Coleridge, the sweetest of living Poets, in his last interesting and philosophical work, “The Friend,” thus beautifully describes the custom of celebrating Christmas Eve in Germany, which, says he, greatly pleased and interested me.
“The children make little presents to their parents, and to each other, and the parents to their children. For three or four months before Christmas, the girls are all busy, and the boys save up their pocket-money to buy these presents. What the present is to be cautiously kept secret; and the girls have a world of contrivances to conceal it–such as working when they are out on visits, and the others are not with them–getting it up in the morning before day-light &c. Then, on the evening before Christmas-day, one of the parlors is lighted up by the children, into which the parents must not go; a great yew bough is fastened onto the table at a little distance from the wall, a multitude of little tapers are fixed in the bough, but not so as to burn it till they are nearly consumed, and colored paper, &c. hangs and flutters from the twigs. Under this bough the children lay out in great order the presents they mean for their parents, still concealing in their pockets what they intend for each other. Then the parents are introduced and each presents his little gift; they then bring out the remainder one by one, from their pockets, and present them with kisses and embraces.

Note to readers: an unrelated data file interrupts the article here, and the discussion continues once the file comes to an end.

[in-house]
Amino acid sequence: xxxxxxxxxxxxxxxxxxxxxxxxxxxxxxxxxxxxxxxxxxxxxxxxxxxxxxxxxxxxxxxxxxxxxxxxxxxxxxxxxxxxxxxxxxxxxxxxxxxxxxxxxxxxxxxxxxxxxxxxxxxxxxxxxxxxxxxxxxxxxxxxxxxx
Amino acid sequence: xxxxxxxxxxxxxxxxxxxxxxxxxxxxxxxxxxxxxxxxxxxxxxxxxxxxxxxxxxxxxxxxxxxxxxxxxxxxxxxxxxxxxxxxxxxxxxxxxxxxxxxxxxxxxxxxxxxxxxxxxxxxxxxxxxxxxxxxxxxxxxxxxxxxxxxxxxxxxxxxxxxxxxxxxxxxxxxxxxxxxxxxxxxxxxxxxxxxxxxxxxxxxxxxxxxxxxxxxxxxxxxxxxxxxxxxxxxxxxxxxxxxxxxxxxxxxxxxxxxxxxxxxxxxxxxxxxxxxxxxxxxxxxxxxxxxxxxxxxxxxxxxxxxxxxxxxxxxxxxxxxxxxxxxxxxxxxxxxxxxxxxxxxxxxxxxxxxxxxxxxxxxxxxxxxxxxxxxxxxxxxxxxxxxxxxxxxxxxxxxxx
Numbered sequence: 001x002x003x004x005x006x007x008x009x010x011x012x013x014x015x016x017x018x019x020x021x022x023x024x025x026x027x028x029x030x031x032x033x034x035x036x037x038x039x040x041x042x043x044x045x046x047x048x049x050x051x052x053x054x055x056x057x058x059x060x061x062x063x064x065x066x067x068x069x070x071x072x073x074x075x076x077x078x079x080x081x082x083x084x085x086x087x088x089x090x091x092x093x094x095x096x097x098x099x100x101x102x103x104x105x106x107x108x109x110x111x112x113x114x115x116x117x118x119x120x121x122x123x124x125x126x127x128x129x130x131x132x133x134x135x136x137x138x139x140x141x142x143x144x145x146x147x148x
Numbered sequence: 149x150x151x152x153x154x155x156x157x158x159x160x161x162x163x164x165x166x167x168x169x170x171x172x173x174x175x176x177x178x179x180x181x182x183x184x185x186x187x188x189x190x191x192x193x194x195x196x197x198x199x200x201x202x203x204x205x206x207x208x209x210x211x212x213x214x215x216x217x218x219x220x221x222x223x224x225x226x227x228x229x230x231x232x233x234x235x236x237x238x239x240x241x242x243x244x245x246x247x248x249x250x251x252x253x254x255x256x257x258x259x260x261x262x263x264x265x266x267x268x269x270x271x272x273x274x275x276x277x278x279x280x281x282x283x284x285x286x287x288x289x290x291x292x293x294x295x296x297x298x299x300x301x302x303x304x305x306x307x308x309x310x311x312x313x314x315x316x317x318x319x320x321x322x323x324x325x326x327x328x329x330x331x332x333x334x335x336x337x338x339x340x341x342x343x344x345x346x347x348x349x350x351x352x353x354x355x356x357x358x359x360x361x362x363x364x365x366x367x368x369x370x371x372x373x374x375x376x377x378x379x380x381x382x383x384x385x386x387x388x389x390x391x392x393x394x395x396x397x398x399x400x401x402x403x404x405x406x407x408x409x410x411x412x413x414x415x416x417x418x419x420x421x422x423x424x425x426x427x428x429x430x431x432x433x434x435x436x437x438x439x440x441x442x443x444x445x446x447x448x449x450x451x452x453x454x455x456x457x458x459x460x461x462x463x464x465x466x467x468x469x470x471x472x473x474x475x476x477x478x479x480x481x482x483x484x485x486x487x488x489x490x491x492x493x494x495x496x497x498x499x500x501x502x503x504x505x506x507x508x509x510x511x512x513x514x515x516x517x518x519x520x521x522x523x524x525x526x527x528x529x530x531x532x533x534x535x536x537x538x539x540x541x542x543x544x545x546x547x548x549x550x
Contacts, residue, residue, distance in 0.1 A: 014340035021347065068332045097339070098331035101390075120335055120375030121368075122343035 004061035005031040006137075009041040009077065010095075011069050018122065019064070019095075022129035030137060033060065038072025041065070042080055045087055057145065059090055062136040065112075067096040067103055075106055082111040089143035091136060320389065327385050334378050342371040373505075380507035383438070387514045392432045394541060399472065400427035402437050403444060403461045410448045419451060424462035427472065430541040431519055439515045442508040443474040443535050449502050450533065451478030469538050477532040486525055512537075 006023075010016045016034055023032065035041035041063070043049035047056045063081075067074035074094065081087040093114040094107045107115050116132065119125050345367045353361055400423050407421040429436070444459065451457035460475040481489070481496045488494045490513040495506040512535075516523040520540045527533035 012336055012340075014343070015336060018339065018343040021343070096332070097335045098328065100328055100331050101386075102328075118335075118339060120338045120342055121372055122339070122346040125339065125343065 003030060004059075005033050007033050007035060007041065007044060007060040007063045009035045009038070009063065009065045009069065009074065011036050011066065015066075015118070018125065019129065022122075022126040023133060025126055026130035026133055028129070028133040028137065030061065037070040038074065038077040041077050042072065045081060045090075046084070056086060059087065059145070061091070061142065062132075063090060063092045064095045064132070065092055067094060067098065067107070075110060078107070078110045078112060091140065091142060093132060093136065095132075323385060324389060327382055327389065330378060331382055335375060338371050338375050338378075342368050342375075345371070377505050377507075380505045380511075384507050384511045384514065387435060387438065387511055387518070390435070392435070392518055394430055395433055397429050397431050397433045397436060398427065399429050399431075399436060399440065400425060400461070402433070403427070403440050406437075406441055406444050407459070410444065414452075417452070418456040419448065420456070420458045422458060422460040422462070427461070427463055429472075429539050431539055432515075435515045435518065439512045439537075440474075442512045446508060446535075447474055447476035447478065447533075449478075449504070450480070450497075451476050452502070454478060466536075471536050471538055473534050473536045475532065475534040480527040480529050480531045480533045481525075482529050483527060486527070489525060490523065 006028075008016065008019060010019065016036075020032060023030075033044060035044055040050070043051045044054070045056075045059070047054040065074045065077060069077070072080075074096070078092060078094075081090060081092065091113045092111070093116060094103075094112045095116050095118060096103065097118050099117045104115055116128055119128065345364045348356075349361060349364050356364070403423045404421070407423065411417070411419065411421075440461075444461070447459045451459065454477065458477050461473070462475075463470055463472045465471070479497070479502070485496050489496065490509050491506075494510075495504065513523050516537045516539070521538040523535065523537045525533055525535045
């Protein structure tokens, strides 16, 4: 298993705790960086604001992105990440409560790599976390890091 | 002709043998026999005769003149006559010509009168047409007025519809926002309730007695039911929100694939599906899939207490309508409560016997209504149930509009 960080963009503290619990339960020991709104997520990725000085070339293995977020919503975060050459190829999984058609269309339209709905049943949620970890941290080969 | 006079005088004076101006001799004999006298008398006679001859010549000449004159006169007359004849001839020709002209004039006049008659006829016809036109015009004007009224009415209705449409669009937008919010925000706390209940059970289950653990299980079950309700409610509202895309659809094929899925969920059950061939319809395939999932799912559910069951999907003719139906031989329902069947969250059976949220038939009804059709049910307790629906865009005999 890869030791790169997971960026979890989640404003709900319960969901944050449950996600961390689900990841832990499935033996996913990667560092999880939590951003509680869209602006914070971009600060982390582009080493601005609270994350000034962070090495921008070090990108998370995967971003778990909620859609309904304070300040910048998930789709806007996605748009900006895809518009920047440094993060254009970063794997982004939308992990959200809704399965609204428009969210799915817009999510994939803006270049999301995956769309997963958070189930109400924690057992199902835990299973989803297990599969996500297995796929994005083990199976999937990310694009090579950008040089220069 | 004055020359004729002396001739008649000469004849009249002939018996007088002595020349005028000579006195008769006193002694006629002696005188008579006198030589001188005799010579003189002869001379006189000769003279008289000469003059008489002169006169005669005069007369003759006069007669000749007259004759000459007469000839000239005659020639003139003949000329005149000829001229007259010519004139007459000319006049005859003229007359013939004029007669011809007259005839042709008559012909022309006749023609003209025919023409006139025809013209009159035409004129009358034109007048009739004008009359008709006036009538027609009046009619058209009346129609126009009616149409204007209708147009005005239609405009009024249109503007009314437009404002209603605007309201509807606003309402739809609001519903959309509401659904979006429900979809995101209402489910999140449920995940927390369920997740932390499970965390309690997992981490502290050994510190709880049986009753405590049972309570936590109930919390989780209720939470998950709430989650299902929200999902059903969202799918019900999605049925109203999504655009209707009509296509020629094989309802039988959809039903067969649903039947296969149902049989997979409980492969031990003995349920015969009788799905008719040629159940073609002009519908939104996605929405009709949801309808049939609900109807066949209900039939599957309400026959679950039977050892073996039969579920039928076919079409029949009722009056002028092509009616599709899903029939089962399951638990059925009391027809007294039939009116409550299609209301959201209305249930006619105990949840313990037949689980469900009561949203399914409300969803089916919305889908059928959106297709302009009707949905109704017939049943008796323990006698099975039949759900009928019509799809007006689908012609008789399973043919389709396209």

Where I witnessed this scene there were eight or nine children, and the eldest daughter and mother wept aloud for joy and tenderness; and the tears ran down the face of the father, and he clasped all his children so tight to his breast, it seemed as if he did it to stifle his sob that was rising within. I was very much affected.– The shadow of the bough and its appendages on the wall, and the arching over on the ceiling, made a pretty picture; and then the raptures of the very little ones, when at last the twigs and their needles began to take fire and snap–O it was a delight to them! On the next day (Christmas-day) in the great parlor, the parents lay out on the table the presents for the children; a scene of more sober joy succeeds; as on the day, after an old custom, the mother says privately to each of her daughters, and the father to his sons, that which he has observed most praiseworthy and that which was most faulty in their conduct.”
From “New-Hampshire Statesman and State Journal, “(Concord, NH) Saturday, December 28, 1833; Issue 33; col A